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Platform for Organising by Workers for Empowerment and Recognition (GLP-POWER)

BIICL is delighted to be joining forces with Solidar Suisse and Pragya in a project which aims to assess and promote new and innovative modes of organising for marginalized informal/precarious workers in South and Southeast Asia. GLP-Power seeks to enhance workers' agency and effective bargaining, increase the visibility of workers' causes, and support regional solidarity and inclusion while overcoming the impediments and restricted democratic space in their environments.

GLP-Power explores the issues and challenges facing informal workers in six South and Southeast Asian countries, namely: Cambodia, Indonesia, Malaysia, Thailand, Bangladesh and Nepal. The project focuses on informal workers in industries including agriculture, construction, textile, tourism, domestic work, mining and fishing. Generally excluded from labour laws and collective bargaining, informal workers are more exposed to violations of labour rights, including poor working conditions and health and safety issues, and more vulnerable to abuse, exploitation and discrimination. Building upon the existing efforts of workers' organizations, the project is creating an active sharing platform connecting workers from various sectors and countries at a regional level to share experiences, learn from each other and from the research, and build capacity for change.

The project's specific objectives include:

  • Developing a regional platform for marginalized informal/precarious workers in South and Southeast Asia comprising workers and/or their organisations in a participatory, 'bottom-up' process.
  • Facilitating an enabling environment by sensitizing and fostering a supportive network of stakeholders and propelling local and regional ownership and visibility.
  • Conducting participatory action research and generating an evidence-base on alternative modes of organising and their benefits in terms of agency, participation and access to rights.

The underpinning message of the project is that rights of informal workers must be recognised and their agency facilitated. Workers are agents of change and are better equipped to bring about fundamental improvements in their lives if they are able to organise into democratic, sustainable and representative organisations with self-leadership, and to use these organisations to build collective voice and bargain for their rights with employers, employers' organisations and government stakeholders.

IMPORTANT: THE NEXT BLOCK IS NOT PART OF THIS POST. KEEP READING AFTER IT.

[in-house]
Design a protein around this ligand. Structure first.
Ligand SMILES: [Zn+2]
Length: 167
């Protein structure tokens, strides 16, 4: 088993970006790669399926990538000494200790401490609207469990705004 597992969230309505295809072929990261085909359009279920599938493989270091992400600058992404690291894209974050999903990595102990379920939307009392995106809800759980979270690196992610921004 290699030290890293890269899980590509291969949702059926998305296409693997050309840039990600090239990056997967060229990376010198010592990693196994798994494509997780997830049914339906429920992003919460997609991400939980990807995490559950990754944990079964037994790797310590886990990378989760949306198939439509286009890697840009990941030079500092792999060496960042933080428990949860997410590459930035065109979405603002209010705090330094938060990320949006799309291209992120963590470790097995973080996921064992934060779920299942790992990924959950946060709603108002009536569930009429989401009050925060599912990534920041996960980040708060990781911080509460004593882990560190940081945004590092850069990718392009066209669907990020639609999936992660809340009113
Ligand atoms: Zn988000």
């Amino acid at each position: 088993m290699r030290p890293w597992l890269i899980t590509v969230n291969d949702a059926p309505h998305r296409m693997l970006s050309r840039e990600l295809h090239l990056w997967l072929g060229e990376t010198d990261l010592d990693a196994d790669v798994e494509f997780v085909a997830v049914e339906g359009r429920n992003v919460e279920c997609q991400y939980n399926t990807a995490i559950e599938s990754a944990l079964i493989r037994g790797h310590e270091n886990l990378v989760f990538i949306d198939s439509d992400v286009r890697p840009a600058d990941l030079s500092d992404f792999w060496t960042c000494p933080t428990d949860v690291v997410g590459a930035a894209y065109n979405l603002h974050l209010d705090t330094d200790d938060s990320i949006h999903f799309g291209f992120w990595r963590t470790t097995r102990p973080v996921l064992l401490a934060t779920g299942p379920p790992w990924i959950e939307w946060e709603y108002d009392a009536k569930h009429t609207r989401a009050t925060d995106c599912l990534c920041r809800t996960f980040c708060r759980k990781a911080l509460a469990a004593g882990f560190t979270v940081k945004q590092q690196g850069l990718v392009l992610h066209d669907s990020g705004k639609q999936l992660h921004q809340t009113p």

BIICL's role in the project is to provide international and comparative law analysis to support the work of the platforms which will be developed in each of the countries, at the sub-regional level and eventually at the regional level. On the basis of this analysis, BIICL has developed and delivered capacity-building materials and sessions for the platforms and project partners on workers' rights and on the relevant international legal frameworks that enable their protection, including ILO Conventions and UN human rights frameworks.

To date, BIICL's contributions to the work of the project have included:

  • Developing several informational handouts on key labour rights issues, as well as a number of briefing notes on legislative instruments and policy developments.
  • Establishing and running a helpdesk for project partners and representatives of grassroots organizations to raise questions or concerns relevant to issues of international law.
  • Delivering annual training sessions for local grassroots partners and civil society representatives on issues of relevance to the project, including the rights of informal workers in the gig economy and business and human rights.
  • Undertaking an extensive comparative research exercise on challenges, issues and promising practices in the regulation of the gig economy.
  • Co-producing knowledge about workers' rights, violations and organising with local grassroots partners through ongoing communication with those partners and supporting the relaying of that knowledge to power holders.

The methodology includes desk research and legal analysis, consultation with country-specific grassroots partners and with regional or international experts, surveys for mapping the needs and challenges of marginalized worker populations, and participatory action research for evidence-based generation.

One subset of workers of particular interest for the project is those operating in the gig economy, and specifically workers offering services through digital labour platforms. As a result of the difficulties in defining the nature and bounds of the relationship between digital labour platforms and workers and the varied conditions under which they carry out work, gig workers face numerous unique challenges and issues in securing favourable working conditions, realising their rights at work and organising and engaging in collective action. These challenges and issues, as well as the various measures adopted to overcome and address them, are the subject of a research project undertaken by BIICL as part of its contribution to the broader GLP-Power project.

This project is made possible through the generous support of the United States Agency for International Development (USAID).

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